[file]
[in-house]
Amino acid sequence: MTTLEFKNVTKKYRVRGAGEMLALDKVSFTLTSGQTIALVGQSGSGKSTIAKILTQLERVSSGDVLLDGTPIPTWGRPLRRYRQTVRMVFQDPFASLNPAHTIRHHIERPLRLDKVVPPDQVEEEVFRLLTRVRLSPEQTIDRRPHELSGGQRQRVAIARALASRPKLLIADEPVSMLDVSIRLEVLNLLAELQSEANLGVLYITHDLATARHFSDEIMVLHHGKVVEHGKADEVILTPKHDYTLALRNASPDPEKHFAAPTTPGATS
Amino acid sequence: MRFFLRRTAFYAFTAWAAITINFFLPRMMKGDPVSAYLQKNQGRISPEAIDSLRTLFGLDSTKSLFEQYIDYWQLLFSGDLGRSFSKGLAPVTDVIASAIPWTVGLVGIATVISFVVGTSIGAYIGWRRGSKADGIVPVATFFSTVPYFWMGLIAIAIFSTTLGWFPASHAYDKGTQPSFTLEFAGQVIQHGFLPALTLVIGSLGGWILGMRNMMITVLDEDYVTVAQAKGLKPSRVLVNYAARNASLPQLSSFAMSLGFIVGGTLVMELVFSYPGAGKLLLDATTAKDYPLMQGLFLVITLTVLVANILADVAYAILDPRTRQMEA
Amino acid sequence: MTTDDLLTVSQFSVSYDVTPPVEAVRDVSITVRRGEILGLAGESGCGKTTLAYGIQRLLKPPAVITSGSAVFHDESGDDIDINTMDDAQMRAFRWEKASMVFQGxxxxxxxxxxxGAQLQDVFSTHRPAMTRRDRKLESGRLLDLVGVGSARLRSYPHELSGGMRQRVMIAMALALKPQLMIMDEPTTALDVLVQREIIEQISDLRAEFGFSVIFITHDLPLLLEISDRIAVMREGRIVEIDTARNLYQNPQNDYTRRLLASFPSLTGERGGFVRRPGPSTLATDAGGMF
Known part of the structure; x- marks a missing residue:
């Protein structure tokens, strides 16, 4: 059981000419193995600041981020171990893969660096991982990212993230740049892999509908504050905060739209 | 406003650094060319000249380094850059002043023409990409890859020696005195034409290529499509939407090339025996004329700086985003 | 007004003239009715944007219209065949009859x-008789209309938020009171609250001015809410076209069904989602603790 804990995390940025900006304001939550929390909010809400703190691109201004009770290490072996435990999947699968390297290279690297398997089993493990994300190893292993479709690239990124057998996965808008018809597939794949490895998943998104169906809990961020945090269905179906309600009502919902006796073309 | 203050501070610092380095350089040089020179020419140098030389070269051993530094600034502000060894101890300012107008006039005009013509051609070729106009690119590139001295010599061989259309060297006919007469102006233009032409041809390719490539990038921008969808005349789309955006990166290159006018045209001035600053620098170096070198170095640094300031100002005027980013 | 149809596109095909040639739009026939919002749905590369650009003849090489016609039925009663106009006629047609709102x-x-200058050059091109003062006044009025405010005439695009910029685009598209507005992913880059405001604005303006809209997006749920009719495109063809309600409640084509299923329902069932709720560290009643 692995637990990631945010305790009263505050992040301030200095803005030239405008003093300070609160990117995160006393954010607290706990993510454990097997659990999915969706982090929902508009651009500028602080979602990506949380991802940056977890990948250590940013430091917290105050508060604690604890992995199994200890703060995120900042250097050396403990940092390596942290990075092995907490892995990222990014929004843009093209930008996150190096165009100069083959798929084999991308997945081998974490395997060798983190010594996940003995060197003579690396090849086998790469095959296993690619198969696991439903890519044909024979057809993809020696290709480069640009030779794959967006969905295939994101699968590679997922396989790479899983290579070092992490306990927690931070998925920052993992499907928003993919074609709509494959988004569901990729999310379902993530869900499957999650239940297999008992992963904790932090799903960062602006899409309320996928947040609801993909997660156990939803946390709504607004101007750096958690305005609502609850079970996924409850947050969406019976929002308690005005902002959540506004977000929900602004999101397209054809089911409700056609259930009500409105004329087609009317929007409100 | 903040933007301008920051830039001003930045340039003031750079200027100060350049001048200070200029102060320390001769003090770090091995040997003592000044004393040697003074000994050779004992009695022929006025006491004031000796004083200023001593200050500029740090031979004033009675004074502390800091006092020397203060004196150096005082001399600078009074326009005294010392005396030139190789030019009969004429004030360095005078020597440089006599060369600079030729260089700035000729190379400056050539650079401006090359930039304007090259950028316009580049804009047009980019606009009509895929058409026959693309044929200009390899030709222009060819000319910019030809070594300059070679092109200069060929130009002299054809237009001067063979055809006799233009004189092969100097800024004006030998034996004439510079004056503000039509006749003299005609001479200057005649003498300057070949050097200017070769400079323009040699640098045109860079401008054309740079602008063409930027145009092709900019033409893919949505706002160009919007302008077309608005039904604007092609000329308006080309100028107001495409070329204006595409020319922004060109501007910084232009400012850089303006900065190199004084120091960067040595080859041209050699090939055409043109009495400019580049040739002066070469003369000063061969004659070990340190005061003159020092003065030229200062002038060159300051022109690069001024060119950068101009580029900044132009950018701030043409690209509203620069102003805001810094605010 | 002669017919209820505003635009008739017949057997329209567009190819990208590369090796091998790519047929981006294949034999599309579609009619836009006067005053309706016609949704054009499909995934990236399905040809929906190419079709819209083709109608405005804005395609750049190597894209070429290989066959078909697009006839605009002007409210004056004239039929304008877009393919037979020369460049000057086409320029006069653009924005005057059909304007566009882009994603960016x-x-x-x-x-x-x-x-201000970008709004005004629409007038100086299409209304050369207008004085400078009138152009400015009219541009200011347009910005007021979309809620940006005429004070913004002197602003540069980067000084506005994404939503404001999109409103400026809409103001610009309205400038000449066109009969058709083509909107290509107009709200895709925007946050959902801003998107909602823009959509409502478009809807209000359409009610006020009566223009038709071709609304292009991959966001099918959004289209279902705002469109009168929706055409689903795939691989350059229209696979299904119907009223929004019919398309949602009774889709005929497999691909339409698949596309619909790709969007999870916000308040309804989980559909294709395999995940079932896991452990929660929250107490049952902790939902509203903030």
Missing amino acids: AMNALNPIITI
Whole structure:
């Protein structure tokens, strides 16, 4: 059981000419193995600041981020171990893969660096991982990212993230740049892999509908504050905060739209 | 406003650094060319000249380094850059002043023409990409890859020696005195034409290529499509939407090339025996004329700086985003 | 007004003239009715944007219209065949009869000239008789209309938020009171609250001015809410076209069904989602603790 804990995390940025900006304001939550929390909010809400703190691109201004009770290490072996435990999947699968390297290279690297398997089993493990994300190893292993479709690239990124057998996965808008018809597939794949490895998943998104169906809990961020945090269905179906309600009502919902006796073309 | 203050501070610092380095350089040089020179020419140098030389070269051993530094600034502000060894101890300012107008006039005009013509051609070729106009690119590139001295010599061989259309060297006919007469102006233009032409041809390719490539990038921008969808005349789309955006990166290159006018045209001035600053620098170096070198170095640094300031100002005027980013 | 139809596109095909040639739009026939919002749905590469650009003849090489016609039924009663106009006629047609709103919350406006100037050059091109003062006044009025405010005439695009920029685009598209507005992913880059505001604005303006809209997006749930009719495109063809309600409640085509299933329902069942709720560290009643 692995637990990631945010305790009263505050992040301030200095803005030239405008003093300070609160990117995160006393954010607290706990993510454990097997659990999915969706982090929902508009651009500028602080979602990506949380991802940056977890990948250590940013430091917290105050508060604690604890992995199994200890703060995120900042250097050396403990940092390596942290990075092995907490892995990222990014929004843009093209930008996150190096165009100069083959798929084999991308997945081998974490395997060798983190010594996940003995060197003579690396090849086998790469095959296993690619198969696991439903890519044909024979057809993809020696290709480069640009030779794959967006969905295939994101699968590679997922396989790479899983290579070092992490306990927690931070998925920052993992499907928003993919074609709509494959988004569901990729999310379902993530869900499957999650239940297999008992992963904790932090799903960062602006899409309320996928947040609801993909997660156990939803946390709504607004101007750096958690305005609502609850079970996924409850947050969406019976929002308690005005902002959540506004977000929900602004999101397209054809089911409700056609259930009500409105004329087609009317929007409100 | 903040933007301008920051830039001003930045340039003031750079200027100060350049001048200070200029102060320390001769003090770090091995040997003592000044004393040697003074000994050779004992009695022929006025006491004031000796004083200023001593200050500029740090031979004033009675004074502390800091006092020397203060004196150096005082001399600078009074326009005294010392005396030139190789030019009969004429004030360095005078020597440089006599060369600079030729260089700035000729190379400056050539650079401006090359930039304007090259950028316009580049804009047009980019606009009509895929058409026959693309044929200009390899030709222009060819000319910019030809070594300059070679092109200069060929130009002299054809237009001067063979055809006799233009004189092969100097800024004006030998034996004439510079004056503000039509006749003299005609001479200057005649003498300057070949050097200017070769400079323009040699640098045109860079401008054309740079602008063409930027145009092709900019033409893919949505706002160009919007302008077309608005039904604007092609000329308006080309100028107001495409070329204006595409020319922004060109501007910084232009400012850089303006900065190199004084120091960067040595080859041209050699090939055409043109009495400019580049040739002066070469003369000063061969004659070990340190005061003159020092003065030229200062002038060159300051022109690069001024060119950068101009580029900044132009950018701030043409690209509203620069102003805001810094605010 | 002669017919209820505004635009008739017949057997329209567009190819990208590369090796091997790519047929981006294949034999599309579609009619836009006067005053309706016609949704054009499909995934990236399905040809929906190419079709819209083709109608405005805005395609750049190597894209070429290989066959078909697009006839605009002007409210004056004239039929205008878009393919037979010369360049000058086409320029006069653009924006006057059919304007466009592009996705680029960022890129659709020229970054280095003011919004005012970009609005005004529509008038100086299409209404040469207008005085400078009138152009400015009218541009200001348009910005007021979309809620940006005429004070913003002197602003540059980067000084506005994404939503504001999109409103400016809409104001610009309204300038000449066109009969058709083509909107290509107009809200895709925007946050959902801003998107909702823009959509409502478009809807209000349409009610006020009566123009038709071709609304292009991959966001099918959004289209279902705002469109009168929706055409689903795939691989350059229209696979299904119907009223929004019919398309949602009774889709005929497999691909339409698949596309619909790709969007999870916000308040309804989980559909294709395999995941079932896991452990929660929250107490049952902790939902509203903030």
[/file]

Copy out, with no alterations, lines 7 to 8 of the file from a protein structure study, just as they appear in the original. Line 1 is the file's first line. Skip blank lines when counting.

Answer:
Missing amino acids: AMNALNPIITI
Whole structure: